The difference between springs and lead
1,000 kg of feathers has a larger volume than 1,000 kg of lead. To be able to bridge this difference, certain conversion factors have been agreed upon within the transport sector.
Which weight determines the cost?
For each shipment, we calculate the volume weight and compare it with the actual weight in kilograms. We make this calculation using an industry-wide formula. With air freight, 1 cbm (cubic metre) equals 167 kg. With sea freight (LCL) 1 cbm is equal to a maximum of 1000 kg, while with road transport 1 cbm is equal to 333 kg. The highest weight (volume or actual) is charged.
- Air freight: 1 cbm = 167 kg (volume ratio is 1:6)
- Road transport: 1 cbm = 333 kg (volume ratio 1:3)
- Sea freight: 1 cbm = 1,000 kg (volume ratio is 1:1)
We calculate the final shipping costs based on the higher of the two 'weights': this is the 'chargeable weight'. If goods take up 'too much' space (e.g. large, bulky products), we therefore calculate with the volume weight in most cases.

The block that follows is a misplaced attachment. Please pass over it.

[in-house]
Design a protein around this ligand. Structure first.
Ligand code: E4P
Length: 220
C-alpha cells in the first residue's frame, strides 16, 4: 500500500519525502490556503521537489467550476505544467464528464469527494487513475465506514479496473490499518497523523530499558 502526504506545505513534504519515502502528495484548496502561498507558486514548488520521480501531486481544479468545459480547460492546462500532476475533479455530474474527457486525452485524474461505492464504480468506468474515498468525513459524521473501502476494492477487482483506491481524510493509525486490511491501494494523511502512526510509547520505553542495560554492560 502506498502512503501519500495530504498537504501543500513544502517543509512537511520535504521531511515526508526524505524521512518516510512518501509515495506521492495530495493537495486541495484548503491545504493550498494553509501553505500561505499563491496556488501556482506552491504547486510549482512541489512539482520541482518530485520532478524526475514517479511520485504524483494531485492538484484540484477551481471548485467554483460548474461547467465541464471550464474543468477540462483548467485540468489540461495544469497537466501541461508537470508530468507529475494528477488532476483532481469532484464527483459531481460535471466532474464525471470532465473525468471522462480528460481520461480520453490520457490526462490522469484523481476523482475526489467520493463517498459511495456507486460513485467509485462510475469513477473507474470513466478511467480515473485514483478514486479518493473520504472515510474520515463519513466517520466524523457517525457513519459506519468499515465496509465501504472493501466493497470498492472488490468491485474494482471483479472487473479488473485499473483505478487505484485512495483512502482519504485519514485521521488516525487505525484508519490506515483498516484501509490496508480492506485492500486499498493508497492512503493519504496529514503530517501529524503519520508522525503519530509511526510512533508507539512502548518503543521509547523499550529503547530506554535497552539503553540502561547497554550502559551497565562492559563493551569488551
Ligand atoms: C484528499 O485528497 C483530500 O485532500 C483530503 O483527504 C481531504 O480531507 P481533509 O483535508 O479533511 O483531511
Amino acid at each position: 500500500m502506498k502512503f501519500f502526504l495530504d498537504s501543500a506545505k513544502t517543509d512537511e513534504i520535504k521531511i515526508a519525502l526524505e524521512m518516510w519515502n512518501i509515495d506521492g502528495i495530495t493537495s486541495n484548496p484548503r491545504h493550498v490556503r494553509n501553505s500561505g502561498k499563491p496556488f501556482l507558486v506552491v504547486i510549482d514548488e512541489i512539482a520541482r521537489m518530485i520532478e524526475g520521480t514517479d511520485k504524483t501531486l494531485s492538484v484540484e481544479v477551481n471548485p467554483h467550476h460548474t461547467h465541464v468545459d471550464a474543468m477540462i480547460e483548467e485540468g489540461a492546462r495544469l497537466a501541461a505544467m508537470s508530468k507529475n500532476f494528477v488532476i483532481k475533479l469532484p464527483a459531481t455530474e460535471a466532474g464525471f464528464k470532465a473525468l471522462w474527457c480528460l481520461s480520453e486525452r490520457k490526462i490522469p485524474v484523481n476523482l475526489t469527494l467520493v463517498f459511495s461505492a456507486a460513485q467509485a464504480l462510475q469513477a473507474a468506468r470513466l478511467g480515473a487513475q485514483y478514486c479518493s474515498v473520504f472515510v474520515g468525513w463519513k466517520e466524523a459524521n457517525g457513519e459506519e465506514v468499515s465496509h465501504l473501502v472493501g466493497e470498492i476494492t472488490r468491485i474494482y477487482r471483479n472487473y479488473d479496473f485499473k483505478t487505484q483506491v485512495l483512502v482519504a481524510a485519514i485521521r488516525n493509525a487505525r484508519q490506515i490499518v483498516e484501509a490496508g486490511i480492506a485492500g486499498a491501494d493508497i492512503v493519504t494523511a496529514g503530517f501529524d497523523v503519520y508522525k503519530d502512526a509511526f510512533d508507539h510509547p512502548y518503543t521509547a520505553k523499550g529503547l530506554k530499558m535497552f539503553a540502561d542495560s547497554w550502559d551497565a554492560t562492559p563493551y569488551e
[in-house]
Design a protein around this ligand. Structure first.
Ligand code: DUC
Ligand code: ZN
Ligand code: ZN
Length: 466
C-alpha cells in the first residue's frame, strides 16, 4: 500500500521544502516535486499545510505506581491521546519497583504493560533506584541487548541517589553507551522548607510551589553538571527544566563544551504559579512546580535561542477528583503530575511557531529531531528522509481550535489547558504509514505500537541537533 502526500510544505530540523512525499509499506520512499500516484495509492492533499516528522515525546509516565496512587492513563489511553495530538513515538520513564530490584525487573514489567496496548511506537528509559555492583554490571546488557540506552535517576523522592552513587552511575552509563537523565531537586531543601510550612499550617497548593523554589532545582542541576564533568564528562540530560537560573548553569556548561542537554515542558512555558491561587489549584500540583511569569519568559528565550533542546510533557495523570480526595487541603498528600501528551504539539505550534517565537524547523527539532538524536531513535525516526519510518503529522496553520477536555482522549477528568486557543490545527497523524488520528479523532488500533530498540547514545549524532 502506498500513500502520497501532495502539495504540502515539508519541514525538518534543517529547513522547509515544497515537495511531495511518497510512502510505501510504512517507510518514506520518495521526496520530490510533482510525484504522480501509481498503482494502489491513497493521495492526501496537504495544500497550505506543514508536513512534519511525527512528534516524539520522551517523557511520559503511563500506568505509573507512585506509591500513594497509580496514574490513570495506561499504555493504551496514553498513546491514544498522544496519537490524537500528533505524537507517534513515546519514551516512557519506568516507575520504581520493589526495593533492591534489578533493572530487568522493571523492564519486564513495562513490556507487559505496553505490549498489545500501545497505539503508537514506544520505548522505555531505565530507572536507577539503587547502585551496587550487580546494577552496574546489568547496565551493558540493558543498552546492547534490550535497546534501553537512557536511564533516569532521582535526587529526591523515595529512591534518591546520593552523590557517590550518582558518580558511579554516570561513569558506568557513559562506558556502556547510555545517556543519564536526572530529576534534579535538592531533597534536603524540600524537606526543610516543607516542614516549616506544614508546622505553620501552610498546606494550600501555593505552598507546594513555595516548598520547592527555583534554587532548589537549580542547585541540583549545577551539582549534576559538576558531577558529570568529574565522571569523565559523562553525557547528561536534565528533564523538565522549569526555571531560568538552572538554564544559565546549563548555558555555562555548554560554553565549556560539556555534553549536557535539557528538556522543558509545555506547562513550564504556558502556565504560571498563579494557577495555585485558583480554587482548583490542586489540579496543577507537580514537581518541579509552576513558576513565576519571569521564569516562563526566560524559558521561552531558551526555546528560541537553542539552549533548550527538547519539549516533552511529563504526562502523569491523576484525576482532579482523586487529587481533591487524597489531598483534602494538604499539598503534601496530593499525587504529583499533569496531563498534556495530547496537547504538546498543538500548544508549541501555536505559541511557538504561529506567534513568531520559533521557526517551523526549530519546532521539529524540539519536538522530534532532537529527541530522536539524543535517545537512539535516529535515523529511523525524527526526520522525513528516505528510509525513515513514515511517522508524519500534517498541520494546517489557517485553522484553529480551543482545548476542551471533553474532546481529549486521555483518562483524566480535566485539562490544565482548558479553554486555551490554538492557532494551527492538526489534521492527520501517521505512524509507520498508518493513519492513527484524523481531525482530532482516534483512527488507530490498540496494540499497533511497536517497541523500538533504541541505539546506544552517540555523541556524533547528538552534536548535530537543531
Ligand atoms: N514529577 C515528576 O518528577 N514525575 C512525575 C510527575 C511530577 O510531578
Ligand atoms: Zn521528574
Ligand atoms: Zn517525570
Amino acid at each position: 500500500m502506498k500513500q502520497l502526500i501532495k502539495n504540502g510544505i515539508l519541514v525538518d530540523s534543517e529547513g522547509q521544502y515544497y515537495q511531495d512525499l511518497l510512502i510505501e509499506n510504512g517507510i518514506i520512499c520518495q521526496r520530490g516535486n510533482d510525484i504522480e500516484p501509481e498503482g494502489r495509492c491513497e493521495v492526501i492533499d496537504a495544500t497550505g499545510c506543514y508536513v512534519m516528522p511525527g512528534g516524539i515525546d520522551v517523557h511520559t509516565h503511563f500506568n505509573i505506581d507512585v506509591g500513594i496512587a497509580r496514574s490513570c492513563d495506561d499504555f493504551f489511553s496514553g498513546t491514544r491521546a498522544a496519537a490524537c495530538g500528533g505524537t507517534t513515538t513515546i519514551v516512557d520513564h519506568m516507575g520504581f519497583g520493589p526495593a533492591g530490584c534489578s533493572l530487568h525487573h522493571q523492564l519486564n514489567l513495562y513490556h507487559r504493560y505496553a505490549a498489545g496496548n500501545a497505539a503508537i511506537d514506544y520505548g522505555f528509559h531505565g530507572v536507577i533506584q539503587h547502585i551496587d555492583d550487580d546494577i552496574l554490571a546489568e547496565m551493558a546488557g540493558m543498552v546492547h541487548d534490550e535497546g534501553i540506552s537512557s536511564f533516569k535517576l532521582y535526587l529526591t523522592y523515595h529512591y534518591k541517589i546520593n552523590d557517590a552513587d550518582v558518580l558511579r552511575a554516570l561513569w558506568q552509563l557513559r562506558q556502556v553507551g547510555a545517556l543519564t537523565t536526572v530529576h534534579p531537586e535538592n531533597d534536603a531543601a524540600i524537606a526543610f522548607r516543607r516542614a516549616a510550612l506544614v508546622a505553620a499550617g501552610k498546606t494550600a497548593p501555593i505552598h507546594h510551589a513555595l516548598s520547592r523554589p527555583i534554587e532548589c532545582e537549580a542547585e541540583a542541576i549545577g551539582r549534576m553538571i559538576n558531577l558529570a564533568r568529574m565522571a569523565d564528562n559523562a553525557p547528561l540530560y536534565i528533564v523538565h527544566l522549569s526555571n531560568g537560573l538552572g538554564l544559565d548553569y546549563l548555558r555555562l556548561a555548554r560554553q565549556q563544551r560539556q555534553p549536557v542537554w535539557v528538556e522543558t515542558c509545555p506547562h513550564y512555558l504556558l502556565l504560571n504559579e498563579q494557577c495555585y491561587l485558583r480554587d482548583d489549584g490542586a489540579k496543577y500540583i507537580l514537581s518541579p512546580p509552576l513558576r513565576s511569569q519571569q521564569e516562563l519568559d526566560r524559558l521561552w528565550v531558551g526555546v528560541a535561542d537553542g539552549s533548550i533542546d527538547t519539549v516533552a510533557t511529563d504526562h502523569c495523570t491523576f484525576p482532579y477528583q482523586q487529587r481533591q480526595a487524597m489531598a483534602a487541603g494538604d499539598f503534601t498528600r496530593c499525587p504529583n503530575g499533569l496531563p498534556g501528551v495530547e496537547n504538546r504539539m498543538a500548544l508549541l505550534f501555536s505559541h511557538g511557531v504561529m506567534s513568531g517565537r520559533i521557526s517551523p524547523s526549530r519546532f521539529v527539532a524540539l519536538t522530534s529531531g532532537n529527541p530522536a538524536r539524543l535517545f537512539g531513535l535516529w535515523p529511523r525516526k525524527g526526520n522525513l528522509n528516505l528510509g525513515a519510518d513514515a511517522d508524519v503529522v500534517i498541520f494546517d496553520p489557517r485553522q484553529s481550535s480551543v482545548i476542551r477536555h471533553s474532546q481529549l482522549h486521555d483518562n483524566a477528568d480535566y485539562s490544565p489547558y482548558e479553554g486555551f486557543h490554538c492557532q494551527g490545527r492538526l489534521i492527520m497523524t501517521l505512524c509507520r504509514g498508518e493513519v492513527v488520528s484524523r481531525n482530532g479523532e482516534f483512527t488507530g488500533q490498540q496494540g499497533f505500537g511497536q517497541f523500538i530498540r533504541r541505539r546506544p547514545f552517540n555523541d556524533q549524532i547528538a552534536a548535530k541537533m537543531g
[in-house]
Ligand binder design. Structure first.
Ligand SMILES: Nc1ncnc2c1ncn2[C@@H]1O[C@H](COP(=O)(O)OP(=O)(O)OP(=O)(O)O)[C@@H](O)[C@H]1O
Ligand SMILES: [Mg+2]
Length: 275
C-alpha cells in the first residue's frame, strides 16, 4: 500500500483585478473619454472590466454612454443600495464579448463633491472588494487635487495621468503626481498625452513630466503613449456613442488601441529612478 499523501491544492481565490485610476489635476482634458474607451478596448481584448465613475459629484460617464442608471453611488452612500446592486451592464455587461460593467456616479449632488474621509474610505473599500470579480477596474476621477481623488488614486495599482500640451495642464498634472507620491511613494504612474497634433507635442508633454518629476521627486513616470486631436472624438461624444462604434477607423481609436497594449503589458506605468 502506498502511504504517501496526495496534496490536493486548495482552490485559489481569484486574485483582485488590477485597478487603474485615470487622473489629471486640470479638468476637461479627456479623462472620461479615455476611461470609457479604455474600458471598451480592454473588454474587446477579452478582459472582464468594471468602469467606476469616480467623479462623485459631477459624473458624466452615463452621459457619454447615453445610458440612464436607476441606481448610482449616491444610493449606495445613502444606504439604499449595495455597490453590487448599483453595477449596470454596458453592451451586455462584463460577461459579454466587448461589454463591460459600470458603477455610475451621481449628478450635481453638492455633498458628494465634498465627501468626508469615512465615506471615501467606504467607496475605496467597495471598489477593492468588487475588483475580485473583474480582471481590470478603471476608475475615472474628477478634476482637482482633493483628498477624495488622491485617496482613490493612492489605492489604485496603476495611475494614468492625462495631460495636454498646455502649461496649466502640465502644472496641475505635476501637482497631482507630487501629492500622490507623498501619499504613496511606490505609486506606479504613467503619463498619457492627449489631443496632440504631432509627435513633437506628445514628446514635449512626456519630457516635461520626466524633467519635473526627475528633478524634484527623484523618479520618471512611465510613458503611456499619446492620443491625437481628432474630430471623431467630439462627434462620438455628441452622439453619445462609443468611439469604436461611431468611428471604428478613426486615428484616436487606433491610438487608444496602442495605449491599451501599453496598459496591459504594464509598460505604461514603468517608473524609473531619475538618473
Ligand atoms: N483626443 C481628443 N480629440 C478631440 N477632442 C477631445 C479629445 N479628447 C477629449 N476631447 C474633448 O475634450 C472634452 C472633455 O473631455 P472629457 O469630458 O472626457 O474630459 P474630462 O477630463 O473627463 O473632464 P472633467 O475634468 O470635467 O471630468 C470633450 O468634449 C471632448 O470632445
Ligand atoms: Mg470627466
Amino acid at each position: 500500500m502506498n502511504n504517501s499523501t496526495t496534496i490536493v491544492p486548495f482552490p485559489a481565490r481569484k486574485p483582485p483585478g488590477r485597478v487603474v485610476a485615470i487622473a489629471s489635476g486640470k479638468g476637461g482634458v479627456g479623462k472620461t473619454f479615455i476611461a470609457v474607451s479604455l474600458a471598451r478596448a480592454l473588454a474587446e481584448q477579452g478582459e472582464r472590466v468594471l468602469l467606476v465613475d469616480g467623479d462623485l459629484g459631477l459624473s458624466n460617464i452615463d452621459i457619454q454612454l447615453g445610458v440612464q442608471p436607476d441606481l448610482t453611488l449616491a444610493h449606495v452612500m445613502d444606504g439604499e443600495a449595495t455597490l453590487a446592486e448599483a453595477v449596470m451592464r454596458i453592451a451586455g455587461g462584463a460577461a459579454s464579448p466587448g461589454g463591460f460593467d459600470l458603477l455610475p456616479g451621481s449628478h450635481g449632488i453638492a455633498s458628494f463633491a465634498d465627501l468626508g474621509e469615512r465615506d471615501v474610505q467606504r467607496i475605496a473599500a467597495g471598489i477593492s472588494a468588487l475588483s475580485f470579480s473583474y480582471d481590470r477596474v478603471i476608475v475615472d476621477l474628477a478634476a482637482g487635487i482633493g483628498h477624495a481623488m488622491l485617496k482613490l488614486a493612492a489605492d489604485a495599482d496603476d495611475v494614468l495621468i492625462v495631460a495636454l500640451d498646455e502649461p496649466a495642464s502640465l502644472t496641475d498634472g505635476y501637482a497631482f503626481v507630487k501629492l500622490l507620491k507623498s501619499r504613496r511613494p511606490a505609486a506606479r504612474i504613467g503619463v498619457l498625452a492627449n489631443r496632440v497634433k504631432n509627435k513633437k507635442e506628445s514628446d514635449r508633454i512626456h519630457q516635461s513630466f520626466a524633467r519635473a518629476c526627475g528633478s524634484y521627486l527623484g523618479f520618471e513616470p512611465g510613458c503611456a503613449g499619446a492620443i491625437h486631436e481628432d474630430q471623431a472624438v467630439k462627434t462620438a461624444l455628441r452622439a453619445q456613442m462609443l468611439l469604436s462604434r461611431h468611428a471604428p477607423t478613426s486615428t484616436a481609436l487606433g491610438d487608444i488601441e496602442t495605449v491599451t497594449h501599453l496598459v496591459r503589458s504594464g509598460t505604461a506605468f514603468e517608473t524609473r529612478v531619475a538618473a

How to calculate volume weight?
To calculate the volume weight, first determine the volume: length x width x height (in centimetres). Then divide this number by one of the following factors:
- Air freight: 6,000
- Road transport: 3,000
- Sea transport: 1,000
What about load meters in road transport?
In road transport, the calculation is often made in loading metres. 1 loading metre is equal to 1 linear metre of loading space in the lorry. This is often used as a unit of calculation for goods that cannot be stacked or which cannot be stacked. In this way, the trucker compensates, as it were, for lost space. Usually 1 loading metre corresponds to 1,750 kg. When using pallets, you can also convert to load metres: 1 euro pallet (80×120 cm) is 0.4 load metres and 1 block pallet (100×120 cm) is 0.5 load metres.
What is meant by size/weight in sea freight?
With sea freight, you can opt for a full container, but also for a so-called LCL shipment. In that case we load several LCL shipments from different owners into 1 container. In this case you pay for the space used in the container. Here we calculate with the Size/Weight (M/W) method: per cubic meter ('size') or per ton ('weight'). So actually the same as the loading weight, but with a different name.